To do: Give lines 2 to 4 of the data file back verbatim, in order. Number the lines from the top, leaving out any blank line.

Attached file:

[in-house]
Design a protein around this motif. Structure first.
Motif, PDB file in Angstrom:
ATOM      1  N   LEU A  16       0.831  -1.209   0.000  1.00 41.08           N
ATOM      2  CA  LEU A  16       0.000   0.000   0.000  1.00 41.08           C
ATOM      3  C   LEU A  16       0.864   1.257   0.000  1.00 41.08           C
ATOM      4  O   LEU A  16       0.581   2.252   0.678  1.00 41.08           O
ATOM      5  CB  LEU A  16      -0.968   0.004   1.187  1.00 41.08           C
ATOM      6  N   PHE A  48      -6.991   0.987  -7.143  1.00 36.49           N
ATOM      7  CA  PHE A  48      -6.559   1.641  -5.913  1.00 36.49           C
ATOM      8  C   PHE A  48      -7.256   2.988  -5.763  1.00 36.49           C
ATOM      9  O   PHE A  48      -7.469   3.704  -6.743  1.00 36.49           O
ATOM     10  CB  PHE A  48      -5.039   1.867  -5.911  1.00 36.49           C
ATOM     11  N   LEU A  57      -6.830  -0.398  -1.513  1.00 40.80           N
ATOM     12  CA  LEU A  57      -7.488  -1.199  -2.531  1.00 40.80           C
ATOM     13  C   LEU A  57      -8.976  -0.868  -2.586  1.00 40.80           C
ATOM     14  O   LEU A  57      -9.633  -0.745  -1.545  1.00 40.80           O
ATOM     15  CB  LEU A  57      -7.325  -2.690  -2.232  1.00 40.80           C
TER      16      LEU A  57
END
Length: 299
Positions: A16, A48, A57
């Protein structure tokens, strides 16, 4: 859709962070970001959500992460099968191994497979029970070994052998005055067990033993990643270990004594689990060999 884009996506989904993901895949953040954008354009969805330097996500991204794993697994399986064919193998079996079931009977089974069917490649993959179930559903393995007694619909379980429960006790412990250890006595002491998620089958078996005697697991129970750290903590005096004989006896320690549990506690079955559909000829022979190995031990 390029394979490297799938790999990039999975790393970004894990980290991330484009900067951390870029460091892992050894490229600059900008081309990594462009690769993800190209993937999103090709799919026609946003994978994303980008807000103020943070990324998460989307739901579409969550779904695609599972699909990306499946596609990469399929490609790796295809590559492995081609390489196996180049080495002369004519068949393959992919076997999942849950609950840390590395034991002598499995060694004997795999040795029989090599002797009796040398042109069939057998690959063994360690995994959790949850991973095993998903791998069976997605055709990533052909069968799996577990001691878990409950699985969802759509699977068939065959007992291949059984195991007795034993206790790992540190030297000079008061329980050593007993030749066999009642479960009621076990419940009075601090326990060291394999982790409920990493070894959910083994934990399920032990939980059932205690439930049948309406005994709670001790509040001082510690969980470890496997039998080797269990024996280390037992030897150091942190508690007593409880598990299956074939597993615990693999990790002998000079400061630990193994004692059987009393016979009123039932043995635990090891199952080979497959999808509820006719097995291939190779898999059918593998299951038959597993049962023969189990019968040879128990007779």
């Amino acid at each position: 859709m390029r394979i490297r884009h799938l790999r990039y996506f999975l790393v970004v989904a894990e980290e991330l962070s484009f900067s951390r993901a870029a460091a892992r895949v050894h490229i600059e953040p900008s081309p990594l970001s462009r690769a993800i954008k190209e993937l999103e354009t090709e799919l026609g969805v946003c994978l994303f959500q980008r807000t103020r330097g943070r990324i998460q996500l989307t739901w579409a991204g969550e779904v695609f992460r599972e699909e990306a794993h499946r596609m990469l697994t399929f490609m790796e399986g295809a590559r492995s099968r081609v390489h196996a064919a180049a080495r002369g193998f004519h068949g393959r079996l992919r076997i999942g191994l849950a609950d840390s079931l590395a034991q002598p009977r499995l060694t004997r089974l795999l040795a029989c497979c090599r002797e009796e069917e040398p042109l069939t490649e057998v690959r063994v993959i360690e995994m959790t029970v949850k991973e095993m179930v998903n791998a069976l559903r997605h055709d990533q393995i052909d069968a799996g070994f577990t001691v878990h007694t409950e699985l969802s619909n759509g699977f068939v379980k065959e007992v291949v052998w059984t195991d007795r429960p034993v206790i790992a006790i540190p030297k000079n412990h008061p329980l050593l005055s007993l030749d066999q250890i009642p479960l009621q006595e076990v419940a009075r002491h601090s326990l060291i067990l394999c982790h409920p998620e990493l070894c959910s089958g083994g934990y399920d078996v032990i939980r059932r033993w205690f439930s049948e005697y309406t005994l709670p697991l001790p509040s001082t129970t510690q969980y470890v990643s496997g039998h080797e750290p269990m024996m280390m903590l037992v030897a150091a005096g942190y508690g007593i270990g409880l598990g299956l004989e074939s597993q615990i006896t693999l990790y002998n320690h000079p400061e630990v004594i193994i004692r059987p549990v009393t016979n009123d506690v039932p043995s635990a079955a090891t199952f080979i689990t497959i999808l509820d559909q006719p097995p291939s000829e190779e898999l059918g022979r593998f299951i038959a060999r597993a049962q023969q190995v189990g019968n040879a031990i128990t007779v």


Design a protein around this motif. Structure first.
Motif, PDB file in Angstrom:
ATOM      1  N   LEU A  16       0.831  -1.209   0.000  1.00 41.08           N